Last June, Lakkis was named a Kresge film and music fellow in the music composition and performance category.
She is now a musician and artist full time, using her gigs to support herself financially, which ultimately gives her the time to explore what’s possible for her nascent recording career, including writing and recording a much-anticipated full-length album.
“I’m thinking more about the sustainability of this practice,” Lakkis says, “and how to exist as an artist on a daily level. How to go with the ebbs and flows of creativity. It’s not as easy to say, ‘OK, I’ll be creative at 9 a.m. when I wake up.’”
The world has woken up to Tammy Lakkis and the EP that gained her international attention. And now, more eyes are watching what this insanely talented artist does next.
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In 2022, the veteran sailor served as the historic Bayview Yacht Club’s first female commodore.
By Scott Atkinson
On June 17, 2022, Lynn Kotwicki was looking out at the Atlantic Ocean, staring at a world the rest of us can’t see. What to us would only appear as an endless expanse of water is to Kotwicki an aquatic landscape of bumpy waves and rolling, hilly swells, plains of still waters and currents that run through them like rivers.
Kotwicki was about to set sail for the biennial Newport Bermuda Race — 635 miles out into the Atlantic over the course of two days. She was the only woman on the 15-person crew, sailing and sleeping in alternating four-hour shifts, and also the highest ranking. Gender norms be damned. Kotwicki was “command central,” as she put it just before setting off. When she speaks on a boat, people listen.
That’s part of the reason why she was named commodore — that is, head honcho — of the Bayview Yacht Club for 2022, the first woman in its 108-year history.
It’s also because she’s been on the water her entire life — well, almost. She was 2 days old before she was first on a boat.
She started sailboat racing with her father after her mother died when she was 9, in 1981. Suddenly a single father, her dad thought his racing days were over until a friend suggested their crew be their own kids. She was 13 the first time she raced the Port Huron to Mackinac race, which usually takes three days.
“It was my turn to give back,” she says now of being named the 2022 commodore, a job that is far more than a cool title. During her tenure, she oversaw a $5 million overhaul of the yacht club located across from the easternmost part of Belle Isle. When the club decided to change the clubhouse menu, she had the final word on what everyone could eat. Any issue in the club is her issue. When the weekly Windsor Yacht Club races on Lake St. Clair end, she can’t just kick back and have a beer. She mingles, makes sure everyone (the club has just shy of 1,000 members) is happy.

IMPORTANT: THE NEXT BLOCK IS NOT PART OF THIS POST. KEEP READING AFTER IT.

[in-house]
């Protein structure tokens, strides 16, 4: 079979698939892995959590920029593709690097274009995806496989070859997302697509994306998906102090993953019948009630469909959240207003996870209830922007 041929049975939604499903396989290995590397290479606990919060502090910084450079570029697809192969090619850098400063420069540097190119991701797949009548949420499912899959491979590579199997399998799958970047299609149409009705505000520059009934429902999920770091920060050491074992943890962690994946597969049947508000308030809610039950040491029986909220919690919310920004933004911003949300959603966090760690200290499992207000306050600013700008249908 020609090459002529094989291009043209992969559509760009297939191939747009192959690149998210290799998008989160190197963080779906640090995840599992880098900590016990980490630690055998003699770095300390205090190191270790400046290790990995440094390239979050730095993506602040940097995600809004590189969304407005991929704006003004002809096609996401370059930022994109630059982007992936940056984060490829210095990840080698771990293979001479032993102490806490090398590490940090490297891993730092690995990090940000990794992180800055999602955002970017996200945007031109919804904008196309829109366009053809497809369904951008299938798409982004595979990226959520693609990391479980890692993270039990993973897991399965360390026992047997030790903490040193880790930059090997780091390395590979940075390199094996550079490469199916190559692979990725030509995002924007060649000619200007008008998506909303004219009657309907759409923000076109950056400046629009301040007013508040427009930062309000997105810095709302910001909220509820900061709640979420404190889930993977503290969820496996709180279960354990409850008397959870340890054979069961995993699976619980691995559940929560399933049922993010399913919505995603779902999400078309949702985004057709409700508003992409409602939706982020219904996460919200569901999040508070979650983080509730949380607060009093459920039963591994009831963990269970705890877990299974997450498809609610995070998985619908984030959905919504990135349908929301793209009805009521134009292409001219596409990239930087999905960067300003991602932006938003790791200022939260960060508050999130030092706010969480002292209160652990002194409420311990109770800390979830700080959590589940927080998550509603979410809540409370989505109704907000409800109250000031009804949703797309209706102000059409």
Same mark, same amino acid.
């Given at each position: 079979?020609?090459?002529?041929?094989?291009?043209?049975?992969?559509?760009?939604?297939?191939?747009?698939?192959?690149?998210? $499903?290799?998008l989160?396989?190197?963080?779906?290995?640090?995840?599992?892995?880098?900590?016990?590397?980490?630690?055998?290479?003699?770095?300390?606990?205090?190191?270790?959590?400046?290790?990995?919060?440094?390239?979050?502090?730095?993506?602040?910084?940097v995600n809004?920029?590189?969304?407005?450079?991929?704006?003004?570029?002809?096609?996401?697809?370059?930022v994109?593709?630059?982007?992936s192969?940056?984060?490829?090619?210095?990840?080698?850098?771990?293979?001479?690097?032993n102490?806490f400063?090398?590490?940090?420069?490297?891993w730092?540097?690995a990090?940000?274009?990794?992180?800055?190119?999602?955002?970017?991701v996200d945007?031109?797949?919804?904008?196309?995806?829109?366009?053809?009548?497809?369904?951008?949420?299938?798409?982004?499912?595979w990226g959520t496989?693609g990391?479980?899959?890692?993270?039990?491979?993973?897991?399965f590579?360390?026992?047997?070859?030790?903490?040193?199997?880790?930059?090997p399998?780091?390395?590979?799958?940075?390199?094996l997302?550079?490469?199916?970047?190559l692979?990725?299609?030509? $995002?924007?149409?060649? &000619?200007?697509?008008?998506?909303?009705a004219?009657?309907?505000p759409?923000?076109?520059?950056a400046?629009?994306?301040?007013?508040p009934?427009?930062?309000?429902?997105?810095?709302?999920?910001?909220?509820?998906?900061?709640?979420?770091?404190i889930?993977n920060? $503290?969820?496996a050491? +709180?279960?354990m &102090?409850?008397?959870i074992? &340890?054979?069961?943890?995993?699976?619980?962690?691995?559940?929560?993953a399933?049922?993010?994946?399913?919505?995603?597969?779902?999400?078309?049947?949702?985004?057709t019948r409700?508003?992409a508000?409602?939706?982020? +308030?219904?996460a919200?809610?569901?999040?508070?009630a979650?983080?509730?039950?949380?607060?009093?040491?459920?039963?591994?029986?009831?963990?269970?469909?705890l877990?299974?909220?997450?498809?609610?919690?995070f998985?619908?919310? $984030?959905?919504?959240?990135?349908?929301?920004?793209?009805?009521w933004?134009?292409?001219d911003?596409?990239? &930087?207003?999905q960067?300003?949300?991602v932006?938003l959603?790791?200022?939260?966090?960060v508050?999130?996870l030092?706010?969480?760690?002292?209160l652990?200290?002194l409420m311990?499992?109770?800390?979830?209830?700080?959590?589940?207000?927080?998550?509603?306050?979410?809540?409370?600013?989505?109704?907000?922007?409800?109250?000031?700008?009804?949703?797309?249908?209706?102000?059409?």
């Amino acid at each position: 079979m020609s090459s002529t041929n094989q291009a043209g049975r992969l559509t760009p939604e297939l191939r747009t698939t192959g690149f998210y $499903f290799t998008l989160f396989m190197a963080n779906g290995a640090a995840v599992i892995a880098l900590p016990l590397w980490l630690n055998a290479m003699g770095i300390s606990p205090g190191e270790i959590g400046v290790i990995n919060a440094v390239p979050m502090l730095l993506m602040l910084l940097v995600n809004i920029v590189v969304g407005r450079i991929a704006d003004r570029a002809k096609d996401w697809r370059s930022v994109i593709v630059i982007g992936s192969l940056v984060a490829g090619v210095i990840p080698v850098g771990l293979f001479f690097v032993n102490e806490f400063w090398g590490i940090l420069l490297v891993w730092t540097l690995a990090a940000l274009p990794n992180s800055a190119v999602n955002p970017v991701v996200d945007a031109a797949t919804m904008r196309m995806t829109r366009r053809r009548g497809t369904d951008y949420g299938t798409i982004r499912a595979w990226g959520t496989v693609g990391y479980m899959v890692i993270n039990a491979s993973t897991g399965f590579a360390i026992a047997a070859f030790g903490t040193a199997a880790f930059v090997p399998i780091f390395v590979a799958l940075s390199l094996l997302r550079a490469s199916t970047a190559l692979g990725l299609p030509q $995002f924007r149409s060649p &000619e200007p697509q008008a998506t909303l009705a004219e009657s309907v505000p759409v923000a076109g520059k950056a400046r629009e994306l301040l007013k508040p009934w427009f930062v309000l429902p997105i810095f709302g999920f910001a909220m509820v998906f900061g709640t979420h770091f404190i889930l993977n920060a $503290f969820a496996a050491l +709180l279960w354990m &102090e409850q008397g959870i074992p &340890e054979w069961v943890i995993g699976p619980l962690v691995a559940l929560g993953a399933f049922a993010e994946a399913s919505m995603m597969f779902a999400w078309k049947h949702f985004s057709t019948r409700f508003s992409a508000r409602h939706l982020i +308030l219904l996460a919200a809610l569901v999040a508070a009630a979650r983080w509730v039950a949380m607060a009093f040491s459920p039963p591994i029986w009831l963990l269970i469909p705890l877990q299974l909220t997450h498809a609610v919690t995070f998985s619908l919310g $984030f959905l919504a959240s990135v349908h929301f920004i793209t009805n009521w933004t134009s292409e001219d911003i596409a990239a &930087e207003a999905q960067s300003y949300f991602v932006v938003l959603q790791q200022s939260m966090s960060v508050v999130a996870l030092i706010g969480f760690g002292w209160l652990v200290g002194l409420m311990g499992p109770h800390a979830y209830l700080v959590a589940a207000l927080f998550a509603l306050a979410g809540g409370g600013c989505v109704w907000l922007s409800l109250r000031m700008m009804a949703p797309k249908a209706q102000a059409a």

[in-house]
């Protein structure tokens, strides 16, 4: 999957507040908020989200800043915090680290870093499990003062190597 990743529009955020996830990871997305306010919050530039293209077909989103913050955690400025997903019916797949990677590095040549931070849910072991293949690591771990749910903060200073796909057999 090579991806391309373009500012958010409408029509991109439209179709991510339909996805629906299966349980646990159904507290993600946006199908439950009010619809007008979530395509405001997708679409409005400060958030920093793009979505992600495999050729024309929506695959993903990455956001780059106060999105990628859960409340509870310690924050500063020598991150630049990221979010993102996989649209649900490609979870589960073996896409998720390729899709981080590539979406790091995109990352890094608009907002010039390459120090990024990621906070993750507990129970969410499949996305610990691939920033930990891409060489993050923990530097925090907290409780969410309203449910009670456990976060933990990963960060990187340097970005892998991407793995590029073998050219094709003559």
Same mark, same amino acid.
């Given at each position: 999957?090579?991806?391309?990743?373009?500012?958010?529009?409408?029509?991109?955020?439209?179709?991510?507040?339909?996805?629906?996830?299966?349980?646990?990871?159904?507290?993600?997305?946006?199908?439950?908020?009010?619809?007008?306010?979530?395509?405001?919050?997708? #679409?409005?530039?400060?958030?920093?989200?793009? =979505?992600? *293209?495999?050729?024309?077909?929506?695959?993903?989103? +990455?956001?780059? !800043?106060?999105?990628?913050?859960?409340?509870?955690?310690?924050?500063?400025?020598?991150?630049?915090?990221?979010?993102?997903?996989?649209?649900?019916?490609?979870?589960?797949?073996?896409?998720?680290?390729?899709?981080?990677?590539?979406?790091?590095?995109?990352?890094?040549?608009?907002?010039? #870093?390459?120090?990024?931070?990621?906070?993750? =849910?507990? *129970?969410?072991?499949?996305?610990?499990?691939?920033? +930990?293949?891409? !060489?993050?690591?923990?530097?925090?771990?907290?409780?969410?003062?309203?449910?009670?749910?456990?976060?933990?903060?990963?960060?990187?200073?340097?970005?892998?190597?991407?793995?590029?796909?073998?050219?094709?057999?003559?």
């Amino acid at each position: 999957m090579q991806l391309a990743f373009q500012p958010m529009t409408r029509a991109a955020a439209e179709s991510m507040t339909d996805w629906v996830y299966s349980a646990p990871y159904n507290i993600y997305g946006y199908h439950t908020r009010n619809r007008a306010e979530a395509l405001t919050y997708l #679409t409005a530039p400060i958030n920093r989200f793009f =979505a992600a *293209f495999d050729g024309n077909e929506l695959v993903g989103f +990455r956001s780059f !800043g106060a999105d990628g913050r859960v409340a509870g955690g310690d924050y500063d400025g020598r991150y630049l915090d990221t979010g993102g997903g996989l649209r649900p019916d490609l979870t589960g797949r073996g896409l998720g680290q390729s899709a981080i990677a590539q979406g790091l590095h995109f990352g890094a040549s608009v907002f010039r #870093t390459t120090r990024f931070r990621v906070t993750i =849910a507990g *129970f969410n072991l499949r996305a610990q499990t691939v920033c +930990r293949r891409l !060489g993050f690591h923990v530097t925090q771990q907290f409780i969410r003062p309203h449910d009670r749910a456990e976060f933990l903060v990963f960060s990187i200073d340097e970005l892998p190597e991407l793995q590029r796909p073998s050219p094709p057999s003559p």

That’s in addition to her day job as an independent management consultant, working with major organizations including health care and automotive.
Bayview isn’t Detroit’s only yacht club, but aside from being over a century old, what Kotwicki says stands it apart from others is that it’s primarily a racing club. Inside the clubhouse, one wall is dedicated to the dozens of trophies on display, won all over the world by Bayview’s members. She estimates that about half of the membership races outside the state and as many as a third race internationally.
She is among that third. Over the course of the sailing season, she races twice a week locally and travels throughout the year to various spots on the globe to race as well.
“She is a trailblazer,” says Trish Kirkman, her friend and crewmate and treasurer of Bayview. “She has the respect of all the members, male or female. She’s a leader. In the boardroom … watching her interact with everyone, she’s just awesome.”
In late September 2022, Kotwicki was rigging up Hot Ticket, the team boat she races on locally, for the weekly Windsor race. As they secured halyards and discussed the winds, Kirkman told the story of the previous week’s race, when they pulled from behind to win after Kotwicki noticed something no one else saw.
They were back in the Detroit River, on the final stretch, resigned to second place. The wind was coming from behind them — but not for long. In the distance, ahead of them, Kotwicki spotted a flagpole (“It’s always there,” she says), where she noticed the wind changed.
She warned her crew and told them how to prepare. The finish line was 500 yards away.
The other boat didn’t read the wind and “wiped out,” as Kotwicki puts it, tipping almost completely over. Hot Ticket sailed past, taking first.